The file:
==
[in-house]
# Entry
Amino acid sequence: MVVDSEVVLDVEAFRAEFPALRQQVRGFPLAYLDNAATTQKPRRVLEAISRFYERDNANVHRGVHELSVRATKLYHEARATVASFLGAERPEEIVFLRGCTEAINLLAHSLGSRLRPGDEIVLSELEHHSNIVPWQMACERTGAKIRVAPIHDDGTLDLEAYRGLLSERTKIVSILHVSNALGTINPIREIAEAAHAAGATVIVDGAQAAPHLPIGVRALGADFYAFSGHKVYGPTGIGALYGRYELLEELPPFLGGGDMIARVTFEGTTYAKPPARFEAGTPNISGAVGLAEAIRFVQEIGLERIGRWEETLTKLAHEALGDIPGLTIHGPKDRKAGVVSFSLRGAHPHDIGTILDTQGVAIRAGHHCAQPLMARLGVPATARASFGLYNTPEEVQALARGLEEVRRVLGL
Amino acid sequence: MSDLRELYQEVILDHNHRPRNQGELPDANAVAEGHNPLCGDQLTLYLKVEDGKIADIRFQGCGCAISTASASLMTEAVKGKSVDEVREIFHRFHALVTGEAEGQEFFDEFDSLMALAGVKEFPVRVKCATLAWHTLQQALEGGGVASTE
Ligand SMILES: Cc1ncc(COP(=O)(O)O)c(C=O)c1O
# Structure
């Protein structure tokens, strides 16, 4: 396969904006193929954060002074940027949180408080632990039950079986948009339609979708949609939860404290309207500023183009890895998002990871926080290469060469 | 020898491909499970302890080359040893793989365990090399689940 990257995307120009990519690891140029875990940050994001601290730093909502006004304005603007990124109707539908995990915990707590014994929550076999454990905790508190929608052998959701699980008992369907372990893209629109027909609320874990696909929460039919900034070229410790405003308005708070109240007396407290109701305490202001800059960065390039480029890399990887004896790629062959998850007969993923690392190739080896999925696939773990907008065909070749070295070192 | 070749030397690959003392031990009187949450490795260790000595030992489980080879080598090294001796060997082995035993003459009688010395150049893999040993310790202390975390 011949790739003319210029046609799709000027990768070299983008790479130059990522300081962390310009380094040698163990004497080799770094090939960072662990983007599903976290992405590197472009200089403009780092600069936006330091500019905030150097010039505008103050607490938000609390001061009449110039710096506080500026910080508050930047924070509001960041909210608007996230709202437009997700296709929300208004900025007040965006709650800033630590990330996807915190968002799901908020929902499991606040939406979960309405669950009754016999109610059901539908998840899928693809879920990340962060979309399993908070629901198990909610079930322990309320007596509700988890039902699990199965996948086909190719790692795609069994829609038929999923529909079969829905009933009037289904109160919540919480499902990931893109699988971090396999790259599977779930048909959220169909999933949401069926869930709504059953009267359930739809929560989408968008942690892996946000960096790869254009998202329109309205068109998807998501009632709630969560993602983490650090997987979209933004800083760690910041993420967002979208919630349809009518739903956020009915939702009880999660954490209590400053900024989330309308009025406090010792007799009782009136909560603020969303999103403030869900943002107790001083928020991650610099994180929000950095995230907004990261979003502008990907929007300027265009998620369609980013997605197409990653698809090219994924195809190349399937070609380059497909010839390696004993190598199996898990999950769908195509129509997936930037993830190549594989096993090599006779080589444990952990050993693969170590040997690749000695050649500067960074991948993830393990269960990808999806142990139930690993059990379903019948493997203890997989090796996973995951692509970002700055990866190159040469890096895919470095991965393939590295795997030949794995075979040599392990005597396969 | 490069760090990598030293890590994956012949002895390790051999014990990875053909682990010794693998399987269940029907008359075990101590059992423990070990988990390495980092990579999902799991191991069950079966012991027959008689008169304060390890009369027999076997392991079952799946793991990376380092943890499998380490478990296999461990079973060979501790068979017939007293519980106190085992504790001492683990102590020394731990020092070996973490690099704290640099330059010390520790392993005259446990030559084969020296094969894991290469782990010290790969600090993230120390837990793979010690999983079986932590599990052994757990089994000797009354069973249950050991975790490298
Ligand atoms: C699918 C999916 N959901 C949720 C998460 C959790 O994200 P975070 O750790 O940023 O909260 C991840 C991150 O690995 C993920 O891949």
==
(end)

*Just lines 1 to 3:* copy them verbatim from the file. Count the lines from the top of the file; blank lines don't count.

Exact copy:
[in-house]
# Entry
Amino acid sequence: MVVDSEVVLDVEAFRAEFPALRQQVRGFPLAYLDNAATTQKPRRVLEAISRFYERDNANVHRGVHELSVRATKLYHEARATVASFLGAERPEEIVFLRGCTEAINLLAHSLGSRLRPGDEIVLSELEHHSNIVPWQMACERTGAKIRVAPIHDDGTLDLEAYRGLLSERTKIVSILHVSNALGTINPIREIAEAAHAAGATVIVDGAQAAPHLPIGVRALGADFYAFSGHKVYGPTGIGALYGRYELLEELPPFLGGGDMIARVTFEGTTYAKPPARFEAGTPNISGAVGLAEAIRFVQEIGLERIGRWEETLTKLAHEALGDIPGLTIHGPKDRKAGVVSFSLRGAHPHDIGTILDTQGVAIRAGHHCAQPLMARLGVPATARASFGLYNTPEEVQALARGLEEVRRVLGL